Nov. 17: Attorneys Peter Quijano, right, and Steve Zissou address the media in New York after their client, Ahmed Ghailani, the first Guantanamo detainee to face a civilian trial, was acquitted in federal court.
In this June 9, 2009 file courtroom sketch, Guantanamo detainee Ahmed Khalfan Ghailani, left, listens as his civilian lawyer Scott Fenstermaker, right, speaks at his arraignment in U.S. Federal Court in New York. Assistant U.S. Attorney David Raskin, seated in front, and Ghailani's military lawyer Marine Col. Jeffrey Colwell, back center, are shown listening.
Ahmed Khalfan Ghailani, a Tanzanian who had been held at Guantanamo Bay since September 2006, is pictured in this undated FBI photograph, obtained June 9, 2009. Ghailani, an Al Qaeda suspect accused in the 1998 U.S. Embassy bombings in Africa, was transferred from the Guantanamo Bay prison to stand trial in a U.S. civilian court in a test case for U.S. President Obama's plans to close the controversial prison for foreign terrorism suspects.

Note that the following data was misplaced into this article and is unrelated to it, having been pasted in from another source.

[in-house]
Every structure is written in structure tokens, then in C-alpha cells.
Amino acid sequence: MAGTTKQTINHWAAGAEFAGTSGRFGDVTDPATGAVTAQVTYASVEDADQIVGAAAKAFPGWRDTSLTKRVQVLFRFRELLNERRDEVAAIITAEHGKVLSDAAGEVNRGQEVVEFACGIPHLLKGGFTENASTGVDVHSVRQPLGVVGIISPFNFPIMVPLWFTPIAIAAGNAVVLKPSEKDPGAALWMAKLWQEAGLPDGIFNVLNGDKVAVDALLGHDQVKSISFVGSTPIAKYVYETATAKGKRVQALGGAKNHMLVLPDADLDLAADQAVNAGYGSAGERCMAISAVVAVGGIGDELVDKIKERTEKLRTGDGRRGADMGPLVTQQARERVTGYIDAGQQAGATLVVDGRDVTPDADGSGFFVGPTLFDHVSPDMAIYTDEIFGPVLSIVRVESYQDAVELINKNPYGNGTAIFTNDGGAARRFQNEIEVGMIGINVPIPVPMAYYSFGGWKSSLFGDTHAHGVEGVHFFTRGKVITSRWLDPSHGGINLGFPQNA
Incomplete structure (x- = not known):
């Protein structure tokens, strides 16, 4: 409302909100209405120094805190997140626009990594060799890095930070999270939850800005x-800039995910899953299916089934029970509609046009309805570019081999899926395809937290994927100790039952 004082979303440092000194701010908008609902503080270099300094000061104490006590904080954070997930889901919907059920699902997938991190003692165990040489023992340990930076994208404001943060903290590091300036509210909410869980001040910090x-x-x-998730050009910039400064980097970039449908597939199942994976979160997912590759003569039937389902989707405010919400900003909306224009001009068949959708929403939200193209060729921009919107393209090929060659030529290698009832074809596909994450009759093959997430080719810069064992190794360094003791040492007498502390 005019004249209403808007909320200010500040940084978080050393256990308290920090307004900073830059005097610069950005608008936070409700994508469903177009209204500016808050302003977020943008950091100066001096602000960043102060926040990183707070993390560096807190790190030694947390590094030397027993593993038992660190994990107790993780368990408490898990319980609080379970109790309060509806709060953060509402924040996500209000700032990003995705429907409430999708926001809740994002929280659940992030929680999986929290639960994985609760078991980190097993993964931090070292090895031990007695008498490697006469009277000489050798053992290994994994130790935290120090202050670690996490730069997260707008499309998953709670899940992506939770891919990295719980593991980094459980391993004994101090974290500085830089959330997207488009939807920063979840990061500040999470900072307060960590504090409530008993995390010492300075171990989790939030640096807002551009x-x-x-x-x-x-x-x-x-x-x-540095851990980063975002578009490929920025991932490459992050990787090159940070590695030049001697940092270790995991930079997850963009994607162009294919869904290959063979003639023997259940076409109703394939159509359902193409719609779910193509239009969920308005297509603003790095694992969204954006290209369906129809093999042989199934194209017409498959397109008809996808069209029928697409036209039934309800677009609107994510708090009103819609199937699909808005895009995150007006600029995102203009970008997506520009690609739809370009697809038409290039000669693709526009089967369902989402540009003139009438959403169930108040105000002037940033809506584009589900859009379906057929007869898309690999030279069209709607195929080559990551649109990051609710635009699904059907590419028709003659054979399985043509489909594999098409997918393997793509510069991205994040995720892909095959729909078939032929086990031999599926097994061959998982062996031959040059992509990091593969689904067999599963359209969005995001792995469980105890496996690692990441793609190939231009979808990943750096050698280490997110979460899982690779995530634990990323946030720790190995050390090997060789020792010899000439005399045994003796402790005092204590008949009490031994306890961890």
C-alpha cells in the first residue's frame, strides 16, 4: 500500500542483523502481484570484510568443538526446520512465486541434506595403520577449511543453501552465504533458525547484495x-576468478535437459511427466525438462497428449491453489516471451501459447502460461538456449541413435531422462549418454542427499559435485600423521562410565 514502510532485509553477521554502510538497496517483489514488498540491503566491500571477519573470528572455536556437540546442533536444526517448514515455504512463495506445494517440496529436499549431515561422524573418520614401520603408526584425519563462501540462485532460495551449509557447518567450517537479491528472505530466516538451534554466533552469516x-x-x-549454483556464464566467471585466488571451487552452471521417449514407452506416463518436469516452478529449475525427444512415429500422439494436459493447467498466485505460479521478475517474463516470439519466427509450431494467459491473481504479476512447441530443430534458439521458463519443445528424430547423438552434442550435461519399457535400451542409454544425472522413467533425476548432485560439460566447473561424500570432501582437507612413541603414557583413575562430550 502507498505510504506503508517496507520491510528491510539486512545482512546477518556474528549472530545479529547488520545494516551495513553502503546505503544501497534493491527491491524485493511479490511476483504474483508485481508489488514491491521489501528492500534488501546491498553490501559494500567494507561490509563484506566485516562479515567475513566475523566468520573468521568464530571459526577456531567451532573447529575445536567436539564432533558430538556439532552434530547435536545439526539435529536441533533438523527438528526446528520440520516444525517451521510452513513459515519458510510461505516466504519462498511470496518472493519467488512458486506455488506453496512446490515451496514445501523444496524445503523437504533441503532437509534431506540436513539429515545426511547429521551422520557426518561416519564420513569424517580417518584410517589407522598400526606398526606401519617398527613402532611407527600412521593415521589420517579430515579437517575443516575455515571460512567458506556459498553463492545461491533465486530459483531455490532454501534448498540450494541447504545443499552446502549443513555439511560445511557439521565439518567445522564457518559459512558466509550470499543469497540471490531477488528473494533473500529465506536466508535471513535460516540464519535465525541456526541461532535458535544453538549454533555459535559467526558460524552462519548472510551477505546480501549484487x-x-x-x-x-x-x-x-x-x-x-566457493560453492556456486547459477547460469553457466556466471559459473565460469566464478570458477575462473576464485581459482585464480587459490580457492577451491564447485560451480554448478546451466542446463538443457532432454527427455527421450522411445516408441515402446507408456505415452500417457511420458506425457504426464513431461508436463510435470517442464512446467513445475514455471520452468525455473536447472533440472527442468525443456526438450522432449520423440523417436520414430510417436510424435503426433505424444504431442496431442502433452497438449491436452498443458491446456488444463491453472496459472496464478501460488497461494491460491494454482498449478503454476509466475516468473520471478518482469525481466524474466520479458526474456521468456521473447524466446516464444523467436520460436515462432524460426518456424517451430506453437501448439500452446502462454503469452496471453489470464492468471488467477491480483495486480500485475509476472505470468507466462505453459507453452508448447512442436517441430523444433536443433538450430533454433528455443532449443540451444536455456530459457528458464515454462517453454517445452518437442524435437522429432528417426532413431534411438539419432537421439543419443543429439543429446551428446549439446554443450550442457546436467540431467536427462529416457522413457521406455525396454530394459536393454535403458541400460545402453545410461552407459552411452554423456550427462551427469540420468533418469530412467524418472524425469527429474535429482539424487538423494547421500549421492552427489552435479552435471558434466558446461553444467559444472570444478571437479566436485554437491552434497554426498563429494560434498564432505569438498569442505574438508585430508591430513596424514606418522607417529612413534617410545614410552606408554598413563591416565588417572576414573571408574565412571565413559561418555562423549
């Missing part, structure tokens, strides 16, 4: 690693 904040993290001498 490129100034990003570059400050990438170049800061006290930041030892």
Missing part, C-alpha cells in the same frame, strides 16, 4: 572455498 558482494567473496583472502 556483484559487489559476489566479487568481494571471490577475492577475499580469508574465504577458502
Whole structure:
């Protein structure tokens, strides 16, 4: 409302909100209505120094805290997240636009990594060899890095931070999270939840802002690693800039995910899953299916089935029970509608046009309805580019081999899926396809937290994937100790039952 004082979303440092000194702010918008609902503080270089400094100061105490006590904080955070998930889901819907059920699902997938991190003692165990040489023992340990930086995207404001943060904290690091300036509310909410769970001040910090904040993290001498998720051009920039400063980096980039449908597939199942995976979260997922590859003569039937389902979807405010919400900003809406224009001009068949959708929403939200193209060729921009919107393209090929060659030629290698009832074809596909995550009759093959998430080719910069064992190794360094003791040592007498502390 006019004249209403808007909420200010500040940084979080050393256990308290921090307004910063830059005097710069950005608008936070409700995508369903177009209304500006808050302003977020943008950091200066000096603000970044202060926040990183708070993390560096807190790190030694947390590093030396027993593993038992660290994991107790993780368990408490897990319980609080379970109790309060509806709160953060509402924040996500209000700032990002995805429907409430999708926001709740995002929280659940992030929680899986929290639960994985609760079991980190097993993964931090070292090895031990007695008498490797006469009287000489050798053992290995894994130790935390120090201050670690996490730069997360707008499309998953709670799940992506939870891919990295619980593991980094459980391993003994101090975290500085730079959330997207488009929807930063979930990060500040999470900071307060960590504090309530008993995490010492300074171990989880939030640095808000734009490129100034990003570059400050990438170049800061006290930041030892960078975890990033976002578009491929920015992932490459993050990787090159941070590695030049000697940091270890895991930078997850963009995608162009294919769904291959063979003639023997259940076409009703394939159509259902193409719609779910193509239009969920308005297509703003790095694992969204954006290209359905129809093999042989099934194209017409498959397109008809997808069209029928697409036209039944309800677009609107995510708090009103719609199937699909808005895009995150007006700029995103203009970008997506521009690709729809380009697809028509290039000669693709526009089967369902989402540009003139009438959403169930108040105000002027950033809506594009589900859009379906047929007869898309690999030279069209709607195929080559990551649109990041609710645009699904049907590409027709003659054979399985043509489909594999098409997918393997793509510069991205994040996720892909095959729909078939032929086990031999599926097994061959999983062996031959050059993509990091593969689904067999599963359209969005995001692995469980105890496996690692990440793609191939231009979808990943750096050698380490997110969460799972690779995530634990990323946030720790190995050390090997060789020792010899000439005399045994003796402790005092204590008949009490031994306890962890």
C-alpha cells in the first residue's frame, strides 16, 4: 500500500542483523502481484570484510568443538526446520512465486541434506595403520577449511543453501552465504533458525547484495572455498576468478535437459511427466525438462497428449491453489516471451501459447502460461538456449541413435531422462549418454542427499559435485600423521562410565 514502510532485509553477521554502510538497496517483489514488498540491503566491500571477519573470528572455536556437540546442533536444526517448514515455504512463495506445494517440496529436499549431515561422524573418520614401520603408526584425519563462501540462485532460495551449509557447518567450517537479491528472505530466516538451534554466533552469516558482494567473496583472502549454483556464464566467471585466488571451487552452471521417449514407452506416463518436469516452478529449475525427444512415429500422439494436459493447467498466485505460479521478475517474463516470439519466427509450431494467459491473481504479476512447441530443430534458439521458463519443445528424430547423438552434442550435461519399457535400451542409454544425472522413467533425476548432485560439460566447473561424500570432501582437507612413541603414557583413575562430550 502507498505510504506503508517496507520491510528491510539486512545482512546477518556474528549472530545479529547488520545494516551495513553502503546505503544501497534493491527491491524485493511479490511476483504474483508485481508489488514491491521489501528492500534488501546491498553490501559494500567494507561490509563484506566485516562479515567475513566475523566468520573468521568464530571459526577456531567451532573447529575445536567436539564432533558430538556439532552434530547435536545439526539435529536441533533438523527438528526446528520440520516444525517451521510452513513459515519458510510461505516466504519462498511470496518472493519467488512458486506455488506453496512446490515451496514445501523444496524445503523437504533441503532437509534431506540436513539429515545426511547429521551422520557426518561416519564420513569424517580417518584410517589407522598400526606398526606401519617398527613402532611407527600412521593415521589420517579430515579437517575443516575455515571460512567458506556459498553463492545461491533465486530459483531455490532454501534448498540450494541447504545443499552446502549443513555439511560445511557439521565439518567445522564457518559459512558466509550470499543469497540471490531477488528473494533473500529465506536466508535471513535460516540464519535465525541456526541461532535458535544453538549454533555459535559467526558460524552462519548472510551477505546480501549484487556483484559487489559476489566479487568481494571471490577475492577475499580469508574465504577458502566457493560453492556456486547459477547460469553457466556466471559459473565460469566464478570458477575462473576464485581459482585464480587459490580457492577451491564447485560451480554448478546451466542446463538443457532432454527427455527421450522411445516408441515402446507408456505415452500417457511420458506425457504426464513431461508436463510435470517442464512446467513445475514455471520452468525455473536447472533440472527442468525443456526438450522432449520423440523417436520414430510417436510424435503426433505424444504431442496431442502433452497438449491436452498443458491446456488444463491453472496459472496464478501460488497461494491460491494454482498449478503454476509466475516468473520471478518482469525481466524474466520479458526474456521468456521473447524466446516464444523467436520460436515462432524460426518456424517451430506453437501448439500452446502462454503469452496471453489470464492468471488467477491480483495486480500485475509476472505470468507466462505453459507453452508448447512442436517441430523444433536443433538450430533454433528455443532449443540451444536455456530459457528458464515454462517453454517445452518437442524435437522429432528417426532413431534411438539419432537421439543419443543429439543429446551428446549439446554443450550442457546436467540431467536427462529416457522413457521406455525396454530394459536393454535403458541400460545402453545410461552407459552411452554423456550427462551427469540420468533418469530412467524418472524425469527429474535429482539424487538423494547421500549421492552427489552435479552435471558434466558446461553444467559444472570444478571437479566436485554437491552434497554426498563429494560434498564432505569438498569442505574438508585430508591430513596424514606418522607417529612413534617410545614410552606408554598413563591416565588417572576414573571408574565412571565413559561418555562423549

An undated file photo provided by the U.S. District Attorney's office shows Ahmed Khalfan Ghailani. Ghailani, the first Guantanamo detainee to face a civilian trial, has been acquitted in New York City of all but one charge accusing him of a deadly 1998 plot to bomb two U.S. embassies in Africa.
An injured man is removed from the wreckage when a bomb went off in Nairobi in the morning hours August 7, 1998. Up to 80 people were feared dead and over 1,000 injured in two huge car bomb attacks aimed at the USA embassies in Kenya and Tanzania, police and witnesses said.
Ahmed Ghailani, the first Guantanamo detainee to face a civilian trial, was acquitted of all but one of the hundreds of charges brought against him for the 1998 bombings of two U.S. embassies in Tanzania -- a mixed result for what's been viewed as a terror test case.